Military

US Army to Industry: Help Us Team Drones With Helicopters

By Dan Parsons | May 22, 2018

In keeping with the U.S. Army’s new spirit of outreach to the industry, the service wants to know what the private sector can do to better team drones with manned aircraft.

The Army wants to know what’s out there in the way of products, science-and-technology research, operational concepts and mission support that could enhance existing manned-unmanned teaming concepts, according to a notice published May 17 on the government’s contracting website.

Manned-unmanned teaming, or MUM-T, has been a singular focus for the Army since it decided to retire the OH-58D Kiowa Warrior armed scout helicopter. Instead of developing and fielding a clean-sheet replacement, service leaders decided the AH-64 Apache teamed with RQ-7 Shadow drones could perform the armed scout mission.

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Two U.S. Army AH-64E Apache helicopters assigned to 16th Combat Aviation Brigade, 7th Infantry Division fly overhead during a combined arms live-fire exercise at Joint Base Lewis-McChord, Wash., April 5. The CALFEX brought together aircraft from 16th CAB and Strykers and Soldiers from 2nd Stryker Brigade Combat Team, 2nd Infantry Division to exercise coordinated attacks.

Two U.S. Army AH-64E Apache helicopters assigned to 16th Combat Aviation Brigade, 7th Infantry Division fly overhead during a combined arms live-fire exercise at Joint Base Lewis-McChord, Washington, April 5. The CALFEX brought together aircraft from 16th CAB and Strykers and Soldiers from 2nd Stryker Brigade Combat Team, 2nd Infantry Division to exercise coordinated attacks. Photo courtesy of the U.S. Army

The solicitation also includes technologies that will further efforts to team ground vehicles with robots, as the Army envisions a future where none of its manned aircraft enter combat before a robotic or autonomous wingman. Chief of Staff Gen. Mark Milley has repeatedly said that robotics, autonomous systems and the artificial intelligence that will operate them will cause a epochal change in the character of warfare.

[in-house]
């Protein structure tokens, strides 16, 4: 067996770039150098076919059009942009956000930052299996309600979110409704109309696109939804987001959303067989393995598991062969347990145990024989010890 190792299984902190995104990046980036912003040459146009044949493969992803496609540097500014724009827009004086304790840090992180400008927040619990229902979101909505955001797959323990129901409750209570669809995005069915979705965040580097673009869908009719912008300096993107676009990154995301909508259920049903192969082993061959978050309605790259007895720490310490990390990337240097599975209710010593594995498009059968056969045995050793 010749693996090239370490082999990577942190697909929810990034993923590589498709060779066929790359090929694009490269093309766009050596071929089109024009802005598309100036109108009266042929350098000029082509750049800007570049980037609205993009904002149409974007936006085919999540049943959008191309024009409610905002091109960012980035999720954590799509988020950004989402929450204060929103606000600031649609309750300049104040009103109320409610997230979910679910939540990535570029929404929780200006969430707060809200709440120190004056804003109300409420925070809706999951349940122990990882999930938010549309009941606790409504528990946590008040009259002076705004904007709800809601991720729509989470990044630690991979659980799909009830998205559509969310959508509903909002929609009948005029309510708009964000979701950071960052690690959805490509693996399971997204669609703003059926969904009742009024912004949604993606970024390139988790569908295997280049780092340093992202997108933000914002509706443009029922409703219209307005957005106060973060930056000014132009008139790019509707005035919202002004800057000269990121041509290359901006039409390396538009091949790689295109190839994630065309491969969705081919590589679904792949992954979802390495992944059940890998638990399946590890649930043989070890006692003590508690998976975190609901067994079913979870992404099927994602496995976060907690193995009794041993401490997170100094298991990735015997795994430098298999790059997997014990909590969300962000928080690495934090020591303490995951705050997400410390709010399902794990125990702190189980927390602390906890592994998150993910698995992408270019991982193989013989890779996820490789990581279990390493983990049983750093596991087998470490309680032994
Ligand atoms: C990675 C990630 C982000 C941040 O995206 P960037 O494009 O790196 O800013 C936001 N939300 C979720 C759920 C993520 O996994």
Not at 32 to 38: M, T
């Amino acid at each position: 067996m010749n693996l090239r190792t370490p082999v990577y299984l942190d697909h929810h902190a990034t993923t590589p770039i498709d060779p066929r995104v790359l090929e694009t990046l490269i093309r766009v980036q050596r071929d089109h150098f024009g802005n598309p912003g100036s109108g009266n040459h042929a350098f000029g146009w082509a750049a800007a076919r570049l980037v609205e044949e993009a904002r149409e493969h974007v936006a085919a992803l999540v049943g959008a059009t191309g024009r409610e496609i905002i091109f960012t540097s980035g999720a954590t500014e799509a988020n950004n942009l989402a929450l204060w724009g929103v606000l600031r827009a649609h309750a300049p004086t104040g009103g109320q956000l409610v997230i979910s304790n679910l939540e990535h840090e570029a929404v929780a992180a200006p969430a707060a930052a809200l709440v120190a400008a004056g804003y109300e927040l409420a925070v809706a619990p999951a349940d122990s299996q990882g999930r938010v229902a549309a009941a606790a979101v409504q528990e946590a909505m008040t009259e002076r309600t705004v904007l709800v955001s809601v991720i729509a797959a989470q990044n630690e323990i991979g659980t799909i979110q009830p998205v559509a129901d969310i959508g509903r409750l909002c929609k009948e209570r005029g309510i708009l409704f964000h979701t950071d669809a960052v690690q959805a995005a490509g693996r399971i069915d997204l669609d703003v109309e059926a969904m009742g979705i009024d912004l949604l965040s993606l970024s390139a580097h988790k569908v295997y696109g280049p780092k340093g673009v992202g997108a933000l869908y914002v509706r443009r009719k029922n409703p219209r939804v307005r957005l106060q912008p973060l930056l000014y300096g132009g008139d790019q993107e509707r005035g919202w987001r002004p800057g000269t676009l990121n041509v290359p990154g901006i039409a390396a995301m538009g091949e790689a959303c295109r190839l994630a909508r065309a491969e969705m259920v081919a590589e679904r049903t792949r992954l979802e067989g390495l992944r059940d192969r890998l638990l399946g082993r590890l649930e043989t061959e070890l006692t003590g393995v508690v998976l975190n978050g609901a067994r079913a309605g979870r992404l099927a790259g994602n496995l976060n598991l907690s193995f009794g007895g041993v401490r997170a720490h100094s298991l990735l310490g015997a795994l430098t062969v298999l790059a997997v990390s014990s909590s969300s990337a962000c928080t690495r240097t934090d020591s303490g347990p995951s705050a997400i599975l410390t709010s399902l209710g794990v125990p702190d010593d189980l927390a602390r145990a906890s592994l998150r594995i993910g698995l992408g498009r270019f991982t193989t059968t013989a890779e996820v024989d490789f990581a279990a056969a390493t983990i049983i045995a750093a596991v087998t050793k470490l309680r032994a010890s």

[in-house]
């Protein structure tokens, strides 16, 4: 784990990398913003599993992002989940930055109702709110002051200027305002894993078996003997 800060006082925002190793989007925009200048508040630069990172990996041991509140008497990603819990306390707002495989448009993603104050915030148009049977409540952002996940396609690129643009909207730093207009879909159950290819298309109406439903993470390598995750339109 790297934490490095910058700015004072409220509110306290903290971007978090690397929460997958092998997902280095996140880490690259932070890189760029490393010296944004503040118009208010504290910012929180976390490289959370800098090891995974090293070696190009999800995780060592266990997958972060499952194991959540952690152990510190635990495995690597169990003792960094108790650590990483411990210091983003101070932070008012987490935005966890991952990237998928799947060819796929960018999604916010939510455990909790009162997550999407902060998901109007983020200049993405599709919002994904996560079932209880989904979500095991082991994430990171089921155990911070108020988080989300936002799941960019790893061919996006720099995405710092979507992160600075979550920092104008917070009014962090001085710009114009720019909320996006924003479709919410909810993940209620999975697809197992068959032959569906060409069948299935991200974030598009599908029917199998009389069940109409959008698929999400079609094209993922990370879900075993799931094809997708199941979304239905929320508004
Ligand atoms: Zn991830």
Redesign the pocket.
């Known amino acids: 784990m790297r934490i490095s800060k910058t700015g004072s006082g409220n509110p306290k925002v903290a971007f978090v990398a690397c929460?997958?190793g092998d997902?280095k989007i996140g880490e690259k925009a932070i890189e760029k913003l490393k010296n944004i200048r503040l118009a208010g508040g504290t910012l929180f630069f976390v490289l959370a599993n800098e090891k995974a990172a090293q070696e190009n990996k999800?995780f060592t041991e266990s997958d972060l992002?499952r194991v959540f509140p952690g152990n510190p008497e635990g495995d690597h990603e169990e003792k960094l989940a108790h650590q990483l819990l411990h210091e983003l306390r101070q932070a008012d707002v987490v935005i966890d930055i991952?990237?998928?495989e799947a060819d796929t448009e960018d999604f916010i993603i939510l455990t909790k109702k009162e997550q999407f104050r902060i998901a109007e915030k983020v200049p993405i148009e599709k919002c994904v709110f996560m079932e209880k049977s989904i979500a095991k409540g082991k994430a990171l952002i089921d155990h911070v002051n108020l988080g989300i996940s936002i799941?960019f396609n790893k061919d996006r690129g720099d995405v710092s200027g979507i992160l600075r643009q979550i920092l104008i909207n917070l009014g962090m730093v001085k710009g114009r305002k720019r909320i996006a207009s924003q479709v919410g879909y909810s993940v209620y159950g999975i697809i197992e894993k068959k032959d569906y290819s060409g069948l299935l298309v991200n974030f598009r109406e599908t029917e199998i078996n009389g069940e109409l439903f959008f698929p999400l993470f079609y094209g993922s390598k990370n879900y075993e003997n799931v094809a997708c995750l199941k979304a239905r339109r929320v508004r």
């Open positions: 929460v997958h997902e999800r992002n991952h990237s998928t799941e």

The Army-led Future Vertical Lift (FVL) development program is seeking a next-generation rotorcraft with baked-in MUM-T capability.

Now the Army Science Board is conducting a study on MUM-T to develop insights into critical capability needs, concepts of operations and to further understand the technical, operational and human challenges of seamlessly linking unmanned and manned aircraft.

“MUM-T concepts of interest include those that operate in the ground, air, cyber, electronic warfare (EW) and/or multiple domains,” the solicitation reads. “The MUM-T study team has been asked to postulate and characterize ground and air MUM-T concepts that offer potential solutions to difficult Army warfighting challenges.”

L3 Technologies already is operating under a $97 million contract awarded in December to bolster the teaming of Apaches with the Shadow and General Atomics’ MQ-1C Gray Eagle, which can expand the manned-platform’s information-gathering capabilities on reconnaissance missions. The aircraft are working toward a level of interoperability (LOI) of 5, which means the manned aircraft has full control of the aircraft from takeoff to landing.

Airbus Helicopters demonstrated that level of teaming in April when it successfully completed tests with its H145M helicopter and Austrian defense company Schiebels S-100 unmanned aircraft system (UAS). The tests between the H145 and S-100 UAS is the first MUM-T test for European helicopters to demonstrate LOI 5.

Having demonstrated that LOI 5 teaming is feasible, the Army now wants to enhance what helicopters and drones together can do and iron out security and software issues. It is asking industry for ideas to provide resilient communications between the aircraft in dense environments with a lot of electromagnetic interference, algorithms to improve movement over complex terrain, obstacle avoidance and target recognition.

The service also wants information on new sensors and sensor fusion technologies that can provide shared situational awareness between teamed aircraft. With all the information a single drone can gather, the Army also wants technologies than can reduce cognitive burden on human pilots and enable “dynamic reallocation of cognitive functions between human and RAS in response to changing operational conditions.”

No contracts are guaranteed for promising technologies, but the Army plans to “assess the adequacy” of its science and technology investments to meet its future MUM-T requirements.

Based on responses from the industry, the Army Science Board will “offer suggestions for improvement, recommend MUM-T system and system-of-systems architectural frameworks that will facilitate continuous improvement in cognitive functionality of the unmanned system and human-machine teaming synergies and propose time-phased schedules for experimentation, prototyping and development of the MUM-T concepts.”

Interested companies must submit a capabilities statement no longer than 10 pages by May 31.

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